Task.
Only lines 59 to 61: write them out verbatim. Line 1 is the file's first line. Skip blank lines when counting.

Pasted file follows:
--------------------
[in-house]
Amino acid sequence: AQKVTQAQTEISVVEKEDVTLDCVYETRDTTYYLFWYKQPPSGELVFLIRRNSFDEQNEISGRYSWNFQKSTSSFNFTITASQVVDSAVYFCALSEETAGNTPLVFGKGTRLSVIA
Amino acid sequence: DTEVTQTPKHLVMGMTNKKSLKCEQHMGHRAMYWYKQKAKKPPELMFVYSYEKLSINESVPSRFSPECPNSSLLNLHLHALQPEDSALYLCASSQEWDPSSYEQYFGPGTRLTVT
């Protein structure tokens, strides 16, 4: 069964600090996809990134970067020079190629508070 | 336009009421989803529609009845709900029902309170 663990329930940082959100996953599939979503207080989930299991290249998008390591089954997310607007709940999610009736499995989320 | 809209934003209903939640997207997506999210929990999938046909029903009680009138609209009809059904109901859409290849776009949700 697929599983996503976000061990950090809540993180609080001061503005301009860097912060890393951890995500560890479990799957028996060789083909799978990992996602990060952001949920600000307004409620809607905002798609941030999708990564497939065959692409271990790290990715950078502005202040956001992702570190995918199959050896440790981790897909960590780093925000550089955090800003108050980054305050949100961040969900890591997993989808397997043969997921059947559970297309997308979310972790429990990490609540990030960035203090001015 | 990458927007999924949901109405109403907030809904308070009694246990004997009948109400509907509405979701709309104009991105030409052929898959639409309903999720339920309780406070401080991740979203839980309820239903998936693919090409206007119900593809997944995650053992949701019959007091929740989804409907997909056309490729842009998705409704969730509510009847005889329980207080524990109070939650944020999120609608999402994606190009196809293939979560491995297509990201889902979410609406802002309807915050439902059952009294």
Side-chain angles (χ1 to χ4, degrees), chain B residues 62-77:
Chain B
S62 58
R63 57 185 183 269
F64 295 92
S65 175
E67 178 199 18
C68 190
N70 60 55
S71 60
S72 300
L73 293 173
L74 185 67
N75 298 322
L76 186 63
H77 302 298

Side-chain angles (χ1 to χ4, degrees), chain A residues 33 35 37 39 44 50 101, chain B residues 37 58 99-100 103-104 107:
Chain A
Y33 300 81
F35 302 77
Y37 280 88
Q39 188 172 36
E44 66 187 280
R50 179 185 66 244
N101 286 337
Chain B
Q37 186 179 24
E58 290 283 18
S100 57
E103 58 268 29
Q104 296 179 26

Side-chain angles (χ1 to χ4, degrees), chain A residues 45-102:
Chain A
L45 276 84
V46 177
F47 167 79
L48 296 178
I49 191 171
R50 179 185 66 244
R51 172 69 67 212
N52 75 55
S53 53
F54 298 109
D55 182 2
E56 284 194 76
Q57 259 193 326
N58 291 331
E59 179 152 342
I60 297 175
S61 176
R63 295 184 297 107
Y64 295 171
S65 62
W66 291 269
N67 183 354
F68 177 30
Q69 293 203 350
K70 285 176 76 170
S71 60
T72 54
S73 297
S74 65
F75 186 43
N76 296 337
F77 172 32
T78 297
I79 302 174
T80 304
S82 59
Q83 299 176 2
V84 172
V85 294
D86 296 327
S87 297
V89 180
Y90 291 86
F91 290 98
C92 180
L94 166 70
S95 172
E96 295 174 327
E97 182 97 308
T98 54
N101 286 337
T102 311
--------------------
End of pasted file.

N67 183 354
F68 177 30
Q69 293 203 350